Design consideration

illustration of the position of warp, weft and selvedge on a fabric.

Aim to match up the direction of your design with the horizontal and vertical lines of your fabric. So if your design runs from top to bottom, i.e. a portrait format, use the vertical lines (warp) of your fabric as a guide. If your design runs from left to right, i.e. a landscape format, align your design with your fabric’s horizontal lines (weft). Aligning your design with the warp and weft of your fabric will allow for fewer distortions in your final piece.

2. Hooping up your fabric

While using an embroidery hoop or frame is not essential to hand embroider, I strongly suggest it, as it makes it easier to work on your project. The reason for this is that you tighten up your fabric when using a hoop. A tight fabric makes it easier to push your needle through the fabric accurately. It also makes it easier to keep your thread’s tension even and reduces the fabric or embroidery thread to pucker.

But before you hoop up your fabric, I want to point out a few things you want to consider when hooping up your material.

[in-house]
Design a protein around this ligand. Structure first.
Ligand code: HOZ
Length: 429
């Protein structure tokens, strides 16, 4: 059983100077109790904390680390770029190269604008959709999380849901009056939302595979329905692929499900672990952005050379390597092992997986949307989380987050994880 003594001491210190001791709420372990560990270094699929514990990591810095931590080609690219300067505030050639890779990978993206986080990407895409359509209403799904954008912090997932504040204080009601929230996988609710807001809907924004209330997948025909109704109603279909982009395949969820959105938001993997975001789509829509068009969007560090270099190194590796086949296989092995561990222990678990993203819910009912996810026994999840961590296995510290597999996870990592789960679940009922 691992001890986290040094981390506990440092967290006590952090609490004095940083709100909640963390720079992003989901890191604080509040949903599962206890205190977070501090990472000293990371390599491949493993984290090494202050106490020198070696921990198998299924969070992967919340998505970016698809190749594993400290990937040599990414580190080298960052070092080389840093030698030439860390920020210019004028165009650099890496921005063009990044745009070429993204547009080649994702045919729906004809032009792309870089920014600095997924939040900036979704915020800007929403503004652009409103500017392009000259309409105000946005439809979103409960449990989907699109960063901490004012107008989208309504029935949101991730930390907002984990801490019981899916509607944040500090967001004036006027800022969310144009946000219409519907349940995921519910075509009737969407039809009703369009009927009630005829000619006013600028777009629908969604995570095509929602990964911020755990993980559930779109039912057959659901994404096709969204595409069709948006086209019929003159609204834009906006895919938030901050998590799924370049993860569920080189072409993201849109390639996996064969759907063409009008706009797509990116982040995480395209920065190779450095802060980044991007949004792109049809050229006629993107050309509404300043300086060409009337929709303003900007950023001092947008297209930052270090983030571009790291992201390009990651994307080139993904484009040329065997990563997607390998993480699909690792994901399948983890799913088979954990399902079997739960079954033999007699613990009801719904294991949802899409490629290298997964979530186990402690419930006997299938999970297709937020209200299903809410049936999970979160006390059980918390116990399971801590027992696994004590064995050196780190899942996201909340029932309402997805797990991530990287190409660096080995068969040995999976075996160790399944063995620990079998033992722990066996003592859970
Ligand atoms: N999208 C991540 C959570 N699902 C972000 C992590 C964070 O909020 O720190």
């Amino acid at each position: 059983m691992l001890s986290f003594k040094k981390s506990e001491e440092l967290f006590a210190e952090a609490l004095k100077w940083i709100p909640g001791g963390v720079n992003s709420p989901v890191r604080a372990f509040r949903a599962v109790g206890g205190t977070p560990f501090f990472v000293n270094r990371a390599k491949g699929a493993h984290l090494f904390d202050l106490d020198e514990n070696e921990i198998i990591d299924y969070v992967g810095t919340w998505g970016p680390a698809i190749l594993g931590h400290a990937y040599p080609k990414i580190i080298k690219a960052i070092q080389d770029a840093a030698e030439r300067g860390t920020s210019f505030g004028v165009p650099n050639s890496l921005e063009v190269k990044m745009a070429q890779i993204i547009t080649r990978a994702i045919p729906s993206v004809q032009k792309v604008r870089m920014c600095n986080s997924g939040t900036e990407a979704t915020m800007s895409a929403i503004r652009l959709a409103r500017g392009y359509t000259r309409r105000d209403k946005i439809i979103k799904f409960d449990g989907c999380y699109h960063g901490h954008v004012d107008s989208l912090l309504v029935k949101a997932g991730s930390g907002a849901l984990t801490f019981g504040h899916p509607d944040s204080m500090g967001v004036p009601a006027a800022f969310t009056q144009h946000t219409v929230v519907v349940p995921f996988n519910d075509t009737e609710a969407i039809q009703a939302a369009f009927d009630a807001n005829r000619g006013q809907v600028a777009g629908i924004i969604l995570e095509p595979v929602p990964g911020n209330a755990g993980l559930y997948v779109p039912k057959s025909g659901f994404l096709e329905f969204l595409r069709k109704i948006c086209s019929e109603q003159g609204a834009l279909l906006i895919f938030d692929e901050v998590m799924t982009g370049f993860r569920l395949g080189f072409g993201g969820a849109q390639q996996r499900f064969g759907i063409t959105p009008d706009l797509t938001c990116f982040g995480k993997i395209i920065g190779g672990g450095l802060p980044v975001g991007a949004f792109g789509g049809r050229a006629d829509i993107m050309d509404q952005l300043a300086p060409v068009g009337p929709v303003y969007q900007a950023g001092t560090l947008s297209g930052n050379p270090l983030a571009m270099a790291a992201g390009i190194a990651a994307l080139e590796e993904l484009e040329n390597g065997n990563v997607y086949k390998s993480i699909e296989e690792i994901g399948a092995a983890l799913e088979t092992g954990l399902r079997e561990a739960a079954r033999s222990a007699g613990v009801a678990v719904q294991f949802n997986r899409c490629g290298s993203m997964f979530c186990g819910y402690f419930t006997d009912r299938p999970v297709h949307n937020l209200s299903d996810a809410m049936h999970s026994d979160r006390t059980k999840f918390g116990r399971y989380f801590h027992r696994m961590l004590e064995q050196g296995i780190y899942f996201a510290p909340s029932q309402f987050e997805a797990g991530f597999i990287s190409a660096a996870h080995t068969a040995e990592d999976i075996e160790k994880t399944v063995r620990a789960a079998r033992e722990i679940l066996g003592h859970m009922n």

Hoop Size

First of all, you want to have a big enough embroidery hoop. There are a couple of reasons for this. 

If your embroidery hoop is not big enough for your design, your embroidery may get caught by the embroidery hoop. Not only might this damage or stretch your embroidery, but it will also wear on the embroidery thread itself and might damage the fibre. So naturally, you want to avoid this. 

If your design is too close to the edge of the hoop, it is pretty tricky to stitch as you cannot manoeuvre your needle freely, which can make it annoying when you stitch.

You can get embroidery hoops up to about 30cm (12 inches). The larger the hoop, the more difficult it is to keep your embroidery fabric taught. Binding your embroidery hoop with some fabric strips or tape will help the fabric to slip less. But, for larger projects, you might want to consider using an embroidery frame such as a slate frame to keep your fabric as tight as possible.

How much space is enough?

As a rule of thumb, you want to leave at least two and a half centimetres or one inch on all sides between your design and the edge of your embroidery hoop. This will allow enough space to stitch your design comfortably.